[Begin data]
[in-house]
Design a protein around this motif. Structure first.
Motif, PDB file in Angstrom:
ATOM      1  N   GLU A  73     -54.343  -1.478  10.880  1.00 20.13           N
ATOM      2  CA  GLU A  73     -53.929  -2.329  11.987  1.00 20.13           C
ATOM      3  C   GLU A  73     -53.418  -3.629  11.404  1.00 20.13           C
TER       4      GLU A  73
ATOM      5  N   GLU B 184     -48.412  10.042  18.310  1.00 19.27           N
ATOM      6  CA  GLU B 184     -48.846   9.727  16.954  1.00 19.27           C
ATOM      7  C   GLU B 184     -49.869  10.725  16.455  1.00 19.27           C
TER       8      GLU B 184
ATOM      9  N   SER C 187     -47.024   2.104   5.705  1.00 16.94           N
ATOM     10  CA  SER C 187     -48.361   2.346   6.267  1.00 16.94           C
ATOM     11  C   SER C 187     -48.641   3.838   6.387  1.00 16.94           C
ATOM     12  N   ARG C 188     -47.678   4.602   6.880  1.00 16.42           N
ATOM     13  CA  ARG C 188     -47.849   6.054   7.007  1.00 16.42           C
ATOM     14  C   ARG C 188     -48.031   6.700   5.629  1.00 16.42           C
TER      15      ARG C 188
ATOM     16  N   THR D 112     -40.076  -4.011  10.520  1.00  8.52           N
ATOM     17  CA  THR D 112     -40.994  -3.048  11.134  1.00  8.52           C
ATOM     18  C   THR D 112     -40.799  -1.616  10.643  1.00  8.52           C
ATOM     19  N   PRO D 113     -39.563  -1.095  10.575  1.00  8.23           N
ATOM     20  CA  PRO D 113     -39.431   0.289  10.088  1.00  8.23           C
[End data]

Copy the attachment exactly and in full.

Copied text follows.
[in-house]
Design a protein around this motif. Structure first.
Motif, PDB file in Angstrom:
ATOM      1  N   GLU A  73     -54.343  -1.478  10.880  1.00 20.13           N
ATOM      2  CA  GLU A  73     -53.929  -2.329  11.987  1.00 20.13           C
ATOM      3  C   GLU A  73     -53.418  -3.629  11.404  1.00 20.13           C
TER       4      GLU A  73
ATOM      5  N   GLU B 184     -48.412  10.042  18.310  1.00 19.27           N
ATOM      6  CA  GLU B 184     -48.846   9.727  16.954  1.00 19.27           C
ATOM      7  C   GLU B 184     -49.869  10.725  16.455  1.00 19.27           C
TER       8      GLU B 184
ATOM      9  N   SER C 187     -47.024   2.104   5.705  1.00 16.94           N
ATOM     10  CA  SER C 187     -48.361   2.346   6.267  1.00 16.94           C
ATOM     11  C   SER C 187     -48.641   3.838   6.387  1.00 16.94           C
ATOM     12  N   ARG C 188     -47.678   4.602   6.880  1.00 16.42           N
ATOM     13  CA  ARG C 188     -47.849   6.054   7.007  1.00 16.42           C
ATOM     14  C   ARG C 188     -48.031   6.700   5.629  1.00 16.42           C
TER      15      ARG C 188
ATOM     16  N   THR D 112     -40.076  -4.011  10.520  1.00  8.52           N
ATOM     17  CA  THR D 112     -40.994  -3.048  11.134  1.00  8.52           C
ATOM     18  C   THR D 112     -40.799  -1.616  10.643  1.00  8.52           C
ATOM     19  N   PRO D 113     -39.563  -1.095  10.575  1.00  8.23           N
ATOM     20  CA  PRO D 113     -39.431   0.289  10.088  1.00  8.23           C